Park City native Sebastian Saucedo weighs in on Olympic disappointment, move to Mexico |

Park City native Sebastian Saucedo weighs in on Olympic disappointment, move to Mexico

Saucedo has spent the last two years playing for UNAM Pumas in Mexico

Real Salt Lake's Sebastian Saucedo fends off Manchester United's Antonio Valencia during the second half of a game at Rio Tinto Stadium in 2017. Saucedo, a Park City native, is currently playing for UNAM Pumas in Liga MX in Mexico.
Park Record file photo

In the lobby of the Basin Recreation Fieldhouse there’s a framed Sebastian Saucedo jersey, a gift from the Park City native’s playing days at Real Salt Lake. Just a few steps away is a full turf field adorned with soccer goals that are used for thrice-weekly drop-in games. Along with a signature, he left a message on the jersey.

“Thank you Basin Rec for everything you’ve done for me to be able to achieve my dreams!” it reads.

The 24-year-old remembers when the Fieldhouse was first being built. Back then, he was playing anywhere that had grass on it.

“For me, it’s special because I was once that young kid training at North 40 Field, I was once that young kid training at Willow Creek, I was once that young kid training at Quinn’s Junction,” Saucedo said. “I was there, I went through it all. I was there when they were first building, you know, Newpark and the Fieldhouse. You know, everything was brand new, and I was such a little kid.”

Perhaps the Fieldhouse isn’t the “House That Sebastian Saucedo Built,” but Park City is still near and dear to Saucedo, who has gone from the local kid playing for the local club to a man playing for UNAM Pumas, one of the biggest clubs in Mexico.

Olympic hopes shattered

In a town known for its Olympians, Saucedo was on track to become not just another Park City Olympian, but an Olympian in a sport that Park City isn’t even known for. He was named to the U.S. Men’s Olympic qualification roster, which would be his first and only shot at making it to the Olympics. The men’s tournament at the Olympics is usually an under-23 tournament with three overage exceptions, though this year’s competition will be an under-24 tournament after the Games were pushed back a year.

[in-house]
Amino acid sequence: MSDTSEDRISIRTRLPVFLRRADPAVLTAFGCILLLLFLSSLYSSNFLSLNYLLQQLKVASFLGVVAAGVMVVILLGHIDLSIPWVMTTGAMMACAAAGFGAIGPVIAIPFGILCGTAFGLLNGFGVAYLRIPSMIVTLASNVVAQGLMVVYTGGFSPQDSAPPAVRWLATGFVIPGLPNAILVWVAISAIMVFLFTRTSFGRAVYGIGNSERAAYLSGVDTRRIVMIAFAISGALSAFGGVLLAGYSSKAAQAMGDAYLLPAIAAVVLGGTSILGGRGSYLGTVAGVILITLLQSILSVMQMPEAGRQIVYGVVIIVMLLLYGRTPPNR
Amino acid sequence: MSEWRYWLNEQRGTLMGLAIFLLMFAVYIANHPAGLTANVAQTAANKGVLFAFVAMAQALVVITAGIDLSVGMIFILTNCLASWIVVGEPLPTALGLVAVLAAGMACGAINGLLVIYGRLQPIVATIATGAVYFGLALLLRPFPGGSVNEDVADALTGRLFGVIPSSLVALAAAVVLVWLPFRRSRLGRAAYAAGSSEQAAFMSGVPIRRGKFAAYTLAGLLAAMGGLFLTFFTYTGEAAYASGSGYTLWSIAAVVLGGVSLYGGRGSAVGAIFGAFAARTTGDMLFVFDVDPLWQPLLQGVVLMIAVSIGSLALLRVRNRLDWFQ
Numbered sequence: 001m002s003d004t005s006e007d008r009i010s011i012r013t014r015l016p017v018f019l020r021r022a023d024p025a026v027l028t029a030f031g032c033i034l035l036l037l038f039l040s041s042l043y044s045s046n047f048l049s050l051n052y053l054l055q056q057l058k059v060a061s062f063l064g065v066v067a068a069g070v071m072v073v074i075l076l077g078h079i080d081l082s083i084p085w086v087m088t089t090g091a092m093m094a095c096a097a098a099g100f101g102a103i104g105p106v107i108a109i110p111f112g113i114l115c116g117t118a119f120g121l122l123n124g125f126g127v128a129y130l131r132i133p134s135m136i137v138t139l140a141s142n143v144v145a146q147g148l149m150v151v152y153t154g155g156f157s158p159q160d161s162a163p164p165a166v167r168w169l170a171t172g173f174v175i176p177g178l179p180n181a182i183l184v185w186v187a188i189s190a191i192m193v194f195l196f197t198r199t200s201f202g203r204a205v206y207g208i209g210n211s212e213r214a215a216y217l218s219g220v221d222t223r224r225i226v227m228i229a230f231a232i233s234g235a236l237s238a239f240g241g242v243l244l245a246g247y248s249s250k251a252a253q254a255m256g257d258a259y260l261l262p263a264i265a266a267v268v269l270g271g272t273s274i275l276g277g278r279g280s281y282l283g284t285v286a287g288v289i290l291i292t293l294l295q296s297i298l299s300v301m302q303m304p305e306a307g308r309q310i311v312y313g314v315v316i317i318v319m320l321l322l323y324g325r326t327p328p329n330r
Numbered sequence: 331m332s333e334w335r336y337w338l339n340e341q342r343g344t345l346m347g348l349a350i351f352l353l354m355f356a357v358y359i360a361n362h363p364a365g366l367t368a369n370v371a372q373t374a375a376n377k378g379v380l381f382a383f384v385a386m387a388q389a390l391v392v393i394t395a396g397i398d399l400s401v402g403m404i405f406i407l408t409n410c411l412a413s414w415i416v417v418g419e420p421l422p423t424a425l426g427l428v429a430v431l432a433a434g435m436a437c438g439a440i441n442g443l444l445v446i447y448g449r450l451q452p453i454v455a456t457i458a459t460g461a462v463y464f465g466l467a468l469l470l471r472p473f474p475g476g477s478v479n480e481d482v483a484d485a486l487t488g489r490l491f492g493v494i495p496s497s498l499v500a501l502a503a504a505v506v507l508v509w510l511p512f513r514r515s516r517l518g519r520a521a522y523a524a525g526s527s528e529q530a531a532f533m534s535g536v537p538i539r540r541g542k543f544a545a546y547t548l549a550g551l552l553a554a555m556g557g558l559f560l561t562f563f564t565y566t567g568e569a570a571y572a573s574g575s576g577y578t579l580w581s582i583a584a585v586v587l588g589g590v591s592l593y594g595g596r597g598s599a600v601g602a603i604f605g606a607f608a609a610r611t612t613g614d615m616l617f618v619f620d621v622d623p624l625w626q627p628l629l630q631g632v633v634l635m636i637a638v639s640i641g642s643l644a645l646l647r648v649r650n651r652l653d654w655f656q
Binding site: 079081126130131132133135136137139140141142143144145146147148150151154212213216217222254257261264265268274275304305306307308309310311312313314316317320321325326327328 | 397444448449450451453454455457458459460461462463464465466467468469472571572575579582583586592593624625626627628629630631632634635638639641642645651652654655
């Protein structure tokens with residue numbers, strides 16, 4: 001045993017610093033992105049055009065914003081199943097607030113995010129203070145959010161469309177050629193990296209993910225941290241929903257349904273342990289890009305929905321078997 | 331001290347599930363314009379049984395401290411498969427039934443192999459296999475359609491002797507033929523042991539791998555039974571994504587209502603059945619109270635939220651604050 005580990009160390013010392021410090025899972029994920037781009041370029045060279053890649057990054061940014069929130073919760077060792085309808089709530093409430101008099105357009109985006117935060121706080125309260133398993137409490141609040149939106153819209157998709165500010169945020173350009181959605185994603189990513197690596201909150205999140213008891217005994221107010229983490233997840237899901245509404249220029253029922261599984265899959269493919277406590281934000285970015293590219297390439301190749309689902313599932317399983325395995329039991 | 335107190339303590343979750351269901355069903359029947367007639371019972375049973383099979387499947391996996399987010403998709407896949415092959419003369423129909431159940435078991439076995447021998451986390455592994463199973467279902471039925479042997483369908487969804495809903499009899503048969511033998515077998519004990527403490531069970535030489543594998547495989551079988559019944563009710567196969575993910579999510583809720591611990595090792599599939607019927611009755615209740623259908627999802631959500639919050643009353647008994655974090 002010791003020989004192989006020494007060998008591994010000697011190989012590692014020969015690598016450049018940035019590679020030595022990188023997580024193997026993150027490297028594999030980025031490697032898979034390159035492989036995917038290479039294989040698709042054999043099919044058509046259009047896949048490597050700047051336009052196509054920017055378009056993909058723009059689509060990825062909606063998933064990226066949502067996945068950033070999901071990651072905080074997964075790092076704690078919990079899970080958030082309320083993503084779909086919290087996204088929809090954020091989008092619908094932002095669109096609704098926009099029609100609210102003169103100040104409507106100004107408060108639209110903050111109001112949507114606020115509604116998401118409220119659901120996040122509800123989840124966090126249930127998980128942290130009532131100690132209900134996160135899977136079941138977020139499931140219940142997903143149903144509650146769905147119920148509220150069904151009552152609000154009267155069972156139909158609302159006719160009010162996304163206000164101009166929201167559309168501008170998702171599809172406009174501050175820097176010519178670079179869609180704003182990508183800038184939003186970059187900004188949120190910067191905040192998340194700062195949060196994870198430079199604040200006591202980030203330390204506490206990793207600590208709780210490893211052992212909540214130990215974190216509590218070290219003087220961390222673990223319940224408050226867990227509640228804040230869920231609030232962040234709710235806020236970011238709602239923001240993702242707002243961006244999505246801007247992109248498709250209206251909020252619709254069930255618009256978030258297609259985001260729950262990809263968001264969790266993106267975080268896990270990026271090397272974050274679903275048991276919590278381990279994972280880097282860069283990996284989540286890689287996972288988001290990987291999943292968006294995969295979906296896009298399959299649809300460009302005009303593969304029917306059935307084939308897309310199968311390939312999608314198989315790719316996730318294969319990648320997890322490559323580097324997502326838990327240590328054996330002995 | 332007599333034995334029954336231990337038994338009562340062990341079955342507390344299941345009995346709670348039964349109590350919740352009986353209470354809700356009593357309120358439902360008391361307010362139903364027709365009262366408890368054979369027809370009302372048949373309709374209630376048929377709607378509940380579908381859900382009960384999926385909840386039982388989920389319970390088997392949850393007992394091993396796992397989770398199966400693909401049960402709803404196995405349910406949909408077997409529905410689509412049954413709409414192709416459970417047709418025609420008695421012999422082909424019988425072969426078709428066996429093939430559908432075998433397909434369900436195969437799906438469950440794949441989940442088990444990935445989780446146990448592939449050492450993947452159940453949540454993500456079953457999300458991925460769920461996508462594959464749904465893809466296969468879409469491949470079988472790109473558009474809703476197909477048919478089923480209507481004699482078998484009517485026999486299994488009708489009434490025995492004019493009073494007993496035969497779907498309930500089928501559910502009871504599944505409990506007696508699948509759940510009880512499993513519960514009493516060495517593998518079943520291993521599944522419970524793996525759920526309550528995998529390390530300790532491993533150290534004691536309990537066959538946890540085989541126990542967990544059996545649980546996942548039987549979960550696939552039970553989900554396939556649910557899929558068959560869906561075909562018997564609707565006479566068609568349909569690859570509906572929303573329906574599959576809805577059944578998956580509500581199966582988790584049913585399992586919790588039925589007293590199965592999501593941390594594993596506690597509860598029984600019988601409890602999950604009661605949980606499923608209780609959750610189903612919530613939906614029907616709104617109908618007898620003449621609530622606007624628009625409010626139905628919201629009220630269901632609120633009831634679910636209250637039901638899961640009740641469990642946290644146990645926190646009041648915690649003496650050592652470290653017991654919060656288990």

The United States finished second in its group behind Mexico, but that was still enough to clinch a spot in the knockout round, where all the U.S. had to do was win against Honduras to punch a ticket to Tokyo. As one of the two international soccer powers in North America, the Americans were favorites to move on.

But that’s not what happened. Honduras upset the U.S. 2-1, sending the Americans home. The U.S. men’s team still hasn’t qualified for the Olympics since the 2008 Games.

For Saucedo, who entered the game in the second half, the opportunity of a lifetime was gone.

“It was just heartbreaking,” Saucedo said. “You know there’s a lot of winter sports, there’s a lot of athletes with that and gold medalists (in Park City), but this would have been something special for me to be one of the first soccer athletes. I already feel like being kind of in the qualifying roster for the Olympics is special enough anyway, but being there at the Olympics would have been taking it up a notch.”

There was some extra salt in the wound just three months later when he wasn’t named to the preliminary 59-man roster for the Gold Cup, a bi-annual tournament that pits national teams across North America, Central America and the Caribbean against each other. Meanwhile, he shares a locker room with teammates at Pumas who are receiving call-ups to the Mexican national team, like center back Johan Vasquez, who was named to Mexico’s preliminary Gold Cup roster.